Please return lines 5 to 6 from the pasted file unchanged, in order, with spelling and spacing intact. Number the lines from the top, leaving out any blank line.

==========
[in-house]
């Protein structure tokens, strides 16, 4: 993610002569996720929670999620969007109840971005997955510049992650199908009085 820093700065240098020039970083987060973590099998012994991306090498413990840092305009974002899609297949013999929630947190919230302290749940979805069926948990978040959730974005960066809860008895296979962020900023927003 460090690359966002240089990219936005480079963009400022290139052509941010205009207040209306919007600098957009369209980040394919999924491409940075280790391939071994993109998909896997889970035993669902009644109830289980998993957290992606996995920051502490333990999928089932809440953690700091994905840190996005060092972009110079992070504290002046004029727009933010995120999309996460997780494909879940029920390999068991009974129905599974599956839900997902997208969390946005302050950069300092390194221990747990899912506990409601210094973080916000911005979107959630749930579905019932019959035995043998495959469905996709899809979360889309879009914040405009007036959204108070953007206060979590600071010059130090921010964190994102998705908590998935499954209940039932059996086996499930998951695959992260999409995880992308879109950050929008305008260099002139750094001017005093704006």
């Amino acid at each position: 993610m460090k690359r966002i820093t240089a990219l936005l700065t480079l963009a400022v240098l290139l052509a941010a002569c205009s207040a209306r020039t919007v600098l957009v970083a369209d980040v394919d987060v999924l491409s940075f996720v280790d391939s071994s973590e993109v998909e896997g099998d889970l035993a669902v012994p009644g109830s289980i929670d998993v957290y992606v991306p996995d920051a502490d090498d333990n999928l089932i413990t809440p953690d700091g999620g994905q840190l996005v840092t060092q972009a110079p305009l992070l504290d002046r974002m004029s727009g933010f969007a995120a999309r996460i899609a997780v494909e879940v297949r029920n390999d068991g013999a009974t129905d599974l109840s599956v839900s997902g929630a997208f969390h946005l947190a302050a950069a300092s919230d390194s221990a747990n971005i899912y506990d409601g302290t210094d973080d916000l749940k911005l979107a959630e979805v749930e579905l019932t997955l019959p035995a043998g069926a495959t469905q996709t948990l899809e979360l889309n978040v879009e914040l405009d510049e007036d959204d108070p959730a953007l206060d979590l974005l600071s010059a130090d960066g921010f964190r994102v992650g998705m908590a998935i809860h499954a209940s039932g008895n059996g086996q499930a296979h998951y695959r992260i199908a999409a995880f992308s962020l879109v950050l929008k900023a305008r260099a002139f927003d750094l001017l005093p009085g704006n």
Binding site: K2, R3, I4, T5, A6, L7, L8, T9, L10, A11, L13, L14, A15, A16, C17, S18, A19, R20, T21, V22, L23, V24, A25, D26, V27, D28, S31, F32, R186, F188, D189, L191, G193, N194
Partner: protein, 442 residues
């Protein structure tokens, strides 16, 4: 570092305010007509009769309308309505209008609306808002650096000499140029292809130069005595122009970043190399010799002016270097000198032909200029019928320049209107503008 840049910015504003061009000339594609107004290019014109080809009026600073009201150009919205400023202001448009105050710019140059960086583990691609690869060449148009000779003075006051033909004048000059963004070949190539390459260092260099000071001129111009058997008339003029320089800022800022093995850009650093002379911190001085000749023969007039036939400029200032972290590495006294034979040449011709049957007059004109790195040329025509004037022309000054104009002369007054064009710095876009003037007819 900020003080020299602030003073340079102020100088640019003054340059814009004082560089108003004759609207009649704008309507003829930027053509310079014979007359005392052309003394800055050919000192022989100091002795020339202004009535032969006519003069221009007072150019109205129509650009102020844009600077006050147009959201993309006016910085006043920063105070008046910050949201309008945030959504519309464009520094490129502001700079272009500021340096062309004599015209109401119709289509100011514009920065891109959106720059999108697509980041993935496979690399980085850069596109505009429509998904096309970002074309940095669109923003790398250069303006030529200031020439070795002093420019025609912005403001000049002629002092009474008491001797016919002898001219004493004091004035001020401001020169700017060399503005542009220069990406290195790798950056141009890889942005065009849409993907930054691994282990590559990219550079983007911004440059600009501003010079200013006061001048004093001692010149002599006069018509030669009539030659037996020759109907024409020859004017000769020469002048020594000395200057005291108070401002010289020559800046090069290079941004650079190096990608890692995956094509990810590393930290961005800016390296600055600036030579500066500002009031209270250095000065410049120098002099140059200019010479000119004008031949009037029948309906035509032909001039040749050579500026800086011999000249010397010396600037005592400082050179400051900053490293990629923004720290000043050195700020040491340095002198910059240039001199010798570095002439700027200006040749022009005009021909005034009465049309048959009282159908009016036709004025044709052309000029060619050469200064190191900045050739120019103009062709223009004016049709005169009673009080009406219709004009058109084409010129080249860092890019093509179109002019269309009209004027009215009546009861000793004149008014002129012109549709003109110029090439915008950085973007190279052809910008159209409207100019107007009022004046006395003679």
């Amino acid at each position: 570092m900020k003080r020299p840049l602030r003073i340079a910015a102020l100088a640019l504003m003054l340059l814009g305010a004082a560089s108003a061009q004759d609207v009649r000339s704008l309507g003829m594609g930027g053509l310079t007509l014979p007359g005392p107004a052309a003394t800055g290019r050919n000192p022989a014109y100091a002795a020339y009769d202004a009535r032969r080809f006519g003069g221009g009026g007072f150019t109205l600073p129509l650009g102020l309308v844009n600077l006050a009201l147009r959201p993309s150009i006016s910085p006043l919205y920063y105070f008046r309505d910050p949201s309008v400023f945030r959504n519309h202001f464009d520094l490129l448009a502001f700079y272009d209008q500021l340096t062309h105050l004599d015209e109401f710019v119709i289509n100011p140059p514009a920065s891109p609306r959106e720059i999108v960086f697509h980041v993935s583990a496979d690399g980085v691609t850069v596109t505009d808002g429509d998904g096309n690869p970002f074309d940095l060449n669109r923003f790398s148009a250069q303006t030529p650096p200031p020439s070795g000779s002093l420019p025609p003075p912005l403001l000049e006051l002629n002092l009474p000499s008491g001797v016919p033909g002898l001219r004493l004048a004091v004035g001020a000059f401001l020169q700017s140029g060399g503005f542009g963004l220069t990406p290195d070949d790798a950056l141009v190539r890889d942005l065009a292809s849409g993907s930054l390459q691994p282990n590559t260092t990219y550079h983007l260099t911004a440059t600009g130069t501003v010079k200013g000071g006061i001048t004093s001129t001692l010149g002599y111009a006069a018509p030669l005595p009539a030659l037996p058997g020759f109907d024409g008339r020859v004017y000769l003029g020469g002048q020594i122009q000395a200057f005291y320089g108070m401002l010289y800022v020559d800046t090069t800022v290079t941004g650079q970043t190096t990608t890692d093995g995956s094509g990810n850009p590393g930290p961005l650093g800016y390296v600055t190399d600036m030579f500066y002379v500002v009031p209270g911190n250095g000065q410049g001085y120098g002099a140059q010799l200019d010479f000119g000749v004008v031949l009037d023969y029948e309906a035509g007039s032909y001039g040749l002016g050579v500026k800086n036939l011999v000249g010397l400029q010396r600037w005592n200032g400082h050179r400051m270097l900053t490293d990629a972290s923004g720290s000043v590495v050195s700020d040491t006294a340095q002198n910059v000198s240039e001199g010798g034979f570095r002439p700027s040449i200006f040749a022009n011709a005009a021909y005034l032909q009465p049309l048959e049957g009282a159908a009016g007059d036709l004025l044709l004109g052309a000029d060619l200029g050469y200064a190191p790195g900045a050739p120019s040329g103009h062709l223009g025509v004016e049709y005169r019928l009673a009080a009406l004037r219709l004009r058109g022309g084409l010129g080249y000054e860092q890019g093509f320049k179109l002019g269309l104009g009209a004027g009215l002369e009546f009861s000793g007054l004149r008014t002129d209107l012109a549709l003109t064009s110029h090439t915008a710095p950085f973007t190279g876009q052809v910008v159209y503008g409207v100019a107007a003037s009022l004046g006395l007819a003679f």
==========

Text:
Partner: protein, 442 residues
């Protein structure tokens, strides 16, 4: 570092305010007509009769309308309505209008609306808002650096000499140029292809130069005595122009970043190399010799002016270097000198032909200029019928320049209107503008 840049910015504003061009000339594609107004290019014109080809009026600073009201150009919205400023202001448009105050710019140059960086583990691609690869060449148009000779003075006051033909004048000059963004070949190539390459260092260099000071001129111009058997008339003029320089800022800022093995850009650093002379911190001085000749023969007039036939400029200032972290590495006294034979040449011709049957007059004109790195040329025509004037022309000054104009002369007054064009710095876009003037007819 900020003080020299602030003073340079102020100088640019003054340059814009004082560089108003004759609207009649704008309507003829930027053509310079014979007359005392052309003394800055050919000192022989100091002795020339202004009535032969006519003069221009007072150019109205129509650009102020844009600077006050147009959201993309006016910085006043920063105070008046910050949201309008945030959504519309464009520094490129502001700079272009500021340096062309004599015209109401119709289509100011514009920065891109959106720059999108697509980041993935496979690399980085850069596109505009429509998904096309970002074309940095669109923003790398250069303006030529200031020439070795002093420019025609912005403001000049002629002092009474008491001797016919002898001219004493004091004035001020401001020169700017060399503005542009220069990406290195790798950056141009890889942005065009849409993907930054691994282990590559990219550079983007911004440059600009501003010079200013006061001048004093001692010149002599006069018509030669009539030659037996020759109907024409020859004017000769020469002048020594000395200057005291108070401002010289020559800046090069290079941004650079190096990608890692995956094509990810590393930290961005800016390296600055600036030579500066500002009031209270250095000065410049120098002099140059200019010479000119004008031949009037029948309906035509032909001039040749050579500026800086011999000249010397010396600037005592400082050179400051900053490293990629923004720290000043050195700020040491340095002198910059240039001199010798570095002439700027200006040749022009005009021909005034009465049309048959009282159908009016036709004025044709052309000029060619050469200064190191900045050739120019103009062709223009004016049709005169009673009080009406219709004009058109084409010129080249860092890019093509179109002019269309009209004027009215009546009861000793004149008014002129012109549709003109110029090439915008950085973007190279052809910008159209409207100019107007009022004046006395003679």